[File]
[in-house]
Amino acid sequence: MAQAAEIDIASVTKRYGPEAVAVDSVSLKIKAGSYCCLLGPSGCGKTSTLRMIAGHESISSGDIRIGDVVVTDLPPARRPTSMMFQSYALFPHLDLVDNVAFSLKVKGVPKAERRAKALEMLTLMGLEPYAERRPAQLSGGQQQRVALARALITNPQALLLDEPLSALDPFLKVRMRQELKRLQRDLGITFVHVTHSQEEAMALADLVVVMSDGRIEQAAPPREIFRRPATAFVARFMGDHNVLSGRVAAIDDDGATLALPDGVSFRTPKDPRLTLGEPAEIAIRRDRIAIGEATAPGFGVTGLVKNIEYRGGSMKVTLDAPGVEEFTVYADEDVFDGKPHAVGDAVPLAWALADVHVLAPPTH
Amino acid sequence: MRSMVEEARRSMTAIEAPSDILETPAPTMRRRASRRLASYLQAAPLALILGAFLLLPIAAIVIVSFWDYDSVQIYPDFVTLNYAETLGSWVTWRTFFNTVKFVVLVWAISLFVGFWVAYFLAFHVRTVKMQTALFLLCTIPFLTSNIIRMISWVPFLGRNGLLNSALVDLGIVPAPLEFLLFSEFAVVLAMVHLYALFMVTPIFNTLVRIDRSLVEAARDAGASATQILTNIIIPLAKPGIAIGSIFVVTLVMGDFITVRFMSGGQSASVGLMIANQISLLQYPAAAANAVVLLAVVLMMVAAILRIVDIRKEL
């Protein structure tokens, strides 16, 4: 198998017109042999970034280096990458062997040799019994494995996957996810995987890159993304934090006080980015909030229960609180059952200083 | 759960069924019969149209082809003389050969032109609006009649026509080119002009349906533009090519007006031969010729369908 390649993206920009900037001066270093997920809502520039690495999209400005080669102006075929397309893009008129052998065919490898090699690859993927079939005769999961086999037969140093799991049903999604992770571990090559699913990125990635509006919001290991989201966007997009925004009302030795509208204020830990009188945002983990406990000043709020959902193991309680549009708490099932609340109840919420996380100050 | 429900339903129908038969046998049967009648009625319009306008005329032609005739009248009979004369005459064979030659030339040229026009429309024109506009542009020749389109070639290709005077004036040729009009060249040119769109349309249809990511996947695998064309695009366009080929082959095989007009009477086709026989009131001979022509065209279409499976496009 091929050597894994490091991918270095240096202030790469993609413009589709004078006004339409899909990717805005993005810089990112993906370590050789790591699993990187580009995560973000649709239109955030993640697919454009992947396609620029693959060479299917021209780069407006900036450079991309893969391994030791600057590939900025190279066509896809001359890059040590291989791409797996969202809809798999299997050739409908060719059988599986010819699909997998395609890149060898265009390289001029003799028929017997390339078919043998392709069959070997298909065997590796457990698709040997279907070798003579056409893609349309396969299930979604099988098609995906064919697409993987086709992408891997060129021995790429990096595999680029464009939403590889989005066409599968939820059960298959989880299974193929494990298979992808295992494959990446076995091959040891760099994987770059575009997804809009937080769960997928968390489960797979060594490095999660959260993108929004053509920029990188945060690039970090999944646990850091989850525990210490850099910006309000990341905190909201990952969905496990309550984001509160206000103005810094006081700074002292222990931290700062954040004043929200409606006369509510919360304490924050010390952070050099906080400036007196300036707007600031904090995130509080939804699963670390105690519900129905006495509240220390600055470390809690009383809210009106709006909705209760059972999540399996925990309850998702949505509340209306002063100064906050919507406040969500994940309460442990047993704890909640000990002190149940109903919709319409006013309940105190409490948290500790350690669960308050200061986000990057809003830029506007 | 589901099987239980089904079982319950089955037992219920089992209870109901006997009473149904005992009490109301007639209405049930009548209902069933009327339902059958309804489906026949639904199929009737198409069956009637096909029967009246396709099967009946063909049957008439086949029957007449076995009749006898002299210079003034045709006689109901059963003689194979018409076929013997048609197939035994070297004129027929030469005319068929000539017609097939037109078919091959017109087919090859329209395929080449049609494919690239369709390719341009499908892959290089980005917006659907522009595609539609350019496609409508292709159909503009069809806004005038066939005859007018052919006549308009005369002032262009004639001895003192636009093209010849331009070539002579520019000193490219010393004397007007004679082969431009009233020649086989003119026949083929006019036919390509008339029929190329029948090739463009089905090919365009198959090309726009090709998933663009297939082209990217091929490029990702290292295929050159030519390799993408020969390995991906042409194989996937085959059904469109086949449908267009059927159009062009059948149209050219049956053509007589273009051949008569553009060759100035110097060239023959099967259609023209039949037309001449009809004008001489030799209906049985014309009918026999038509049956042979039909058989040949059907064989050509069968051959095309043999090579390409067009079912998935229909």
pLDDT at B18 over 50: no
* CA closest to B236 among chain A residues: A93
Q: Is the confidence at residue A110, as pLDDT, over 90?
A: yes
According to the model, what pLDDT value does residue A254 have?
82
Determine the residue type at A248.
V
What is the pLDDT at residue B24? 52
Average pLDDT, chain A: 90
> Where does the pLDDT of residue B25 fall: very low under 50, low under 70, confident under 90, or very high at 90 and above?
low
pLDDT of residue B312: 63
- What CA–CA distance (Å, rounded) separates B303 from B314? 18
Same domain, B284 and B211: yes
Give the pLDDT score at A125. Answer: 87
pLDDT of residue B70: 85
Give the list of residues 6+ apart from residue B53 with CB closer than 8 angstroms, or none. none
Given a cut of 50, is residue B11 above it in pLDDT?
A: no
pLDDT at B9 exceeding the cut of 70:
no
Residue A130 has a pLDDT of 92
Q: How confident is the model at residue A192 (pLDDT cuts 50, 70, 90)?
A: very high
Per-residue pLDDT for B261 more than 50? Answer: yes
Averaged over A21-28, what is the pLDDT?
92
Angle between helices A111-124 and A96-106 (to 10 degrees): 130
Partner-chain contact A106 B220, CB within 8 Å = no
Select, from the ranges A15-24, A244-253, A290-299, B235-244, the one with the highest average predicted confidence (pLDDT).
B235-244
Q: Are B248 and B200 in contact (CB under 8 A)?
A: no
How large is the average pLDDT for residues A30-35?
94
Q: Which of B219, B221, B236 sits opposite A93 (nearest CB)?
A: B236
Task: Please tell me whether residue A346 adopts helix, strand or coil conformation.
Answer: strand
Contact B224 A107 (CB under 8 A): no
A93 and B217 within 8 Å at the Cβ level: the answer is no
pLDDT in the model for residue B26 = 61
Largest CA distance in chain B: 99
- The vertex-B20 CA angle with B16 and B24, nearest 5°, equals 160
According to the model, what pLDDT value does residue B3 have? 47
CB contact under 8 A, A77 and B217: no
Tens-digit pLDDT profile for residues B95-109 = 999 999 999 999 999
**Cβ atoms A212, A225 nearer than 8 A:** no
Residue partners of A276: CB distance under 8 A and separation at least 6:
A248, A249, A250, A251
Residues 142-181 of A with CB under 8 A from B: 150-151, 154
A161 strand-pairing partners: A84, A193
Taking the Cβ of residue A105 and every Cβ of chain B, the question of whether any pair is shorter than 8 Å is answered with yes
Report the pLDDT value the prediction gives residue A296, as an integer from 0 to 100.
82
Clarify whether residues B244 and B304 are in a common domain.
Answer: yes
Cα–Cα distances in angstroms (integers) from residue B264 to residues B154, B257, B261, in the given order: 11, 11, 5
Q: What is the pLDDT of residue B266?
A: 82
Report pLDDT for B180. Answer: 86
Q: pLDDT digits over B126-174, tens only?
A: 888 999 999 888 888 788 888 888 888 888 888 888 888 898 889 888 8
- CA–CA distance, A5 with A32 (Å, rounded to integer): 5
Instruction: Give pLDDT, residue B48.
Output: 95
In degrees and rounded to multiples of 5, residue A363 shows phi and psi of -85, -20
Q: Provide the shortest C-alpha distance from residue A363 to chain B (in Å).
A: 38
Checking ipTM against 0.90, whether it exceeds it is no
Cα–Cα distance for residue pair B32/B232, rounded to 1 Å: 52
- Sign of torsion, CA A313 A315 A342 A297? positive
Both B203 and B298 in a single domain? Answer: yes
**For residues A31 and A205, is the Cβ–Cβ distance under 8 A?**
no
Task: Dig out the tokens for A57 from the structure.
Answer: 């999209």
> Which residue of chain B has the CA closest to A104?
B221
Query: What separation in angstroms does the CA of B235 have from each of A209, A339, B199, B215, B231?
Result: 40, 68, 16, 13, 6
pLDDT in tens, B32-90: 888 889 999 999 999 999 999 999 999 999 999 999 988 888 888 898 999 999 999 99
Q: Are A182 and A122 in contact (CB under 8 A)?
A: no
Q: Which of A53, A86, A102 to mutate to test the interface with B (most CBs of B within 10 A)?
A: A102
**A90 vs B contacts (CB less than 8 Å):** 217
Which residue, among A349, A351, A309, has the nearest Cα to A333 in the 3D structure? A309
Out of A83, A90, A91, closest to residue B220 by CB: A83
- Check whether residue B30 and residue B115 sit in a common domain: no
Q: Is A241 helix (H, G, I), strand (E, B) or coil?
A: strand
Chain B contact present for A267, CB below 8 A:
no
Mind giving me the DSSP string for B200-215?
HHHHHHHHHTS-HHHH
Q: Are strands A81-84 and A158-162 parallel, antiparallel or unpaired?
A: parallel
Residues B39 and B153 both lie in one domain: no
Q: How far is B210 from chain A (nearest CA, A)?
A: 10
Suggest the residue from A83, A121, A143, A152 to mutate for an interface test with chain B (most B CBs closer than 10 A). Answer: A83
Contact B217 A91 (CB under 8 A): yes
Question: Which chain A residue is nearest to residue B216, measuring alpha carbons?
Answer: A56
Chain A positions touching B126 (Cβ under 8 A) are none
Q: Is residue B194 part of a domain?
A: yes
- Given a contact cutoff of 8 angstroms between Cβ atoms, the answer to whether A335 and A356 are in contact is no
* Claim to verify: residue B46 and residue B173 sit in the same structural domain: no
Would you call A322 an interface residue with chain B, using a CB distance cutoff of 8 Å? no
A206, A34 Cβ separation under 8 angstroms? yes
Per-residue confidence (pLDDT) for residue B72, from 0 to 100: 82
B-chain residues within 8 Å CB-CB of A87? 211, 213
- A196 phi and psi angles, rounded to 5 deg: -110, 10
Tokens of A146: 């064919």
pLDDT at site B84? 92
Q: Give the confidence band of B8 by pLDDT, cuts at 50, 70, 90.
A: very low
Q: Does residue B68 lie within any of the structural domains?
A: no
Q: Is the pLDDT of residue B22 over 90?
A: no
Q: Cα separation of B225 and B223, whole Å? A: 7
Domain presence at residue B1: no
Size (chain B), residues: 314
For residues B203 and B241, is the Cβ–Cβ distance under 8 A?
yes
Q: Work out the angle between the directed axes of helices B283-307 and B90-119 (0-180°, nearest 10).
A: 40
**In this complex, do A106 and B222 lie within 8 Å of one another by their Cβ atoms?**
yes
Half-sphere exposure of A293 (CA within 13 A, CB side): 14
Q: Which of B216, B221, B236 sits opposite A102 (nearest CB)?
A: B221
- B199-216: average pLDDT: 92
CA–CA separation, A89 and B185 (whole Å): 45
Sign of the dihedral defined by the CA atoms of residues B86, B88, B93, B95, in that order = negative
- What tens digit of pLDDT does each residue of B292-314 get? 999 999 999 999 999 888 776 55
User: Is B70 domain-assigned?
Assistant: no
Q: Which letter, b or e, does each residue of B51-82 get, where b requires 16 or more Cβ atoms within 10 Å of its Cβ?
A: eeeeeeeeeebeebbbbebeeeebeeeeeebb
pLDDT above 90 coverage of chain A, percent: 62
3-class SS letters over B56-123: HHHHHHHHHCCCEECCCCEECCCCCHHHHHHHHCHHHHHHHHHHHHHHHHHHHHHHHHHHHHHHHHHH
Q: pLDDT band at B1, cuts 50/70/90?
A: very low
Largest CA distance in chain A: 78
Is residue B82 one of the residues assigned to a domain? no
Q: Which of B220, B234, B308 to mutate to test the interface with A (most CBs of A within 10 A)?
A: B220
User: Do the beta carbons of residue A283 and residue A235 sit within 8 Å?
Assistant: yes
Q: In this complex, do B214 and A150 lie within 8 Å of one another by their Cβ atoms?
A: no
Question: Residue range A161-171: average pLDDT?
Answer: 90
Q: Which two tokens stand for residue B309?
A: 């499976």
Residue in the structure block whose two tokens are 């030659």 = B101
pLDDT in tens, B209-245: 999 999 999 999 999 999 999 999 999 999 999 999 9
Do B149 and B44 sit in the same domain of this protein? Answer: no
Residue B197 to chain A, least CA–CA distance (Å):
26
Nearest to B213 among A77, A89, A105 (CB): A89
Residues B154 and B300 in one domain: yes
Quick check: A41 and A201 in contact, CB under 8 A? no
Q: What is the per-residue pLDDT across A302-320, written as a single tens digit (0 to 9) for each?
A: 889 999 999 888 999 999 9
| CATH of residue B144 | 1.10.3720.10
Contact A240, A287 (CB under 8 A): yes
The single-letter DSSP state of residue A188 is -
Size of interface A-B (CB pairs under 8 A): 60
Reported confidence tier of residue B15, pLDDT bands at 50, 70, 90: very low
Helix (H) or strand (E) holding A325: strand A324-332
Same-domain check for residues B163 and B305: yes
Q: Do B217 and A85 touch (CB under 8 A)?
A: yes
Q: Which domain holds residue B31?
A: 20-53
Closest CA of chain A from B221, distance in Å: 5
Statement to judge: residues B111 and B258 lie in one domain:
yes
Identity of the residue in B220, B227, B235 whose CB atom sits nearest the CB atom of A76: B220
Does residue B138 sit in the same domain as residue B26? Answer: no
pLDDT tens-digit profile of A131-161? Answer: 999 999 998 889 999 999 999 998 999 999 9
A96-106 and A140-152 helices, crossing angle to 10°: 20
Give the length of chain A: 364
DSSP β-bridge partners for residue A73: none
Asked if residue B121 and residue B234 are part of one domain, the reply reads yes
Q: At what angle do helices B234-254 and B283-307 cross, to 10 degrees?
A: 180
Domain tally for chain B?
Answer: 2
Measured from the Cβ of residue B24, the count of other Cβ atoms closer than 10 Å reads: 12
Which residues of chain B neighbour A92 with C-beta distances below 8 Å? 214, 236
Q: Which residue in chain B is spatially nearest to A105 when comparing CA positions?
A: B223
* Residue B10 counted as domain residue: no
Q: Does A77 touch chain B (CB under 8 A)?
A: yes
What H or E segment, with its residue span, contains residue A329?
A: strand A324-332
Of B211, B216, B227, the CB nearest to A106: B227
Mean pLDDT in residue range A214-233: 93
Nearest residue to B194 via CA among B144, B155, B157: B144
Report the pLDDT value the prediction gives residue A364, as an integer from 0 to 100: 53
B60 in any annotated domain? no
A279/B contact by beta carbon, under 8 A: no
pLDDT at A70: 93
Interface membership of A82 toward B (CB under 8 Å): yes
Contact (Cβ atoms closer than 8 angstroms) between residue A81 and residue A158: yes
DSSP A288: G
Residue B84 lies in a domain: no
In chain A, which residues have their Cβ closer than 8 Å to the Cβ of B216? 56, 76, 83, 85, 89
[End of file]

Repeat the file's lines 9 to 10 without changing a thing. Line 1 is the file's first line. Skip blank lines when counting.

According to the model, what pLDDT value does residue A254 have?
82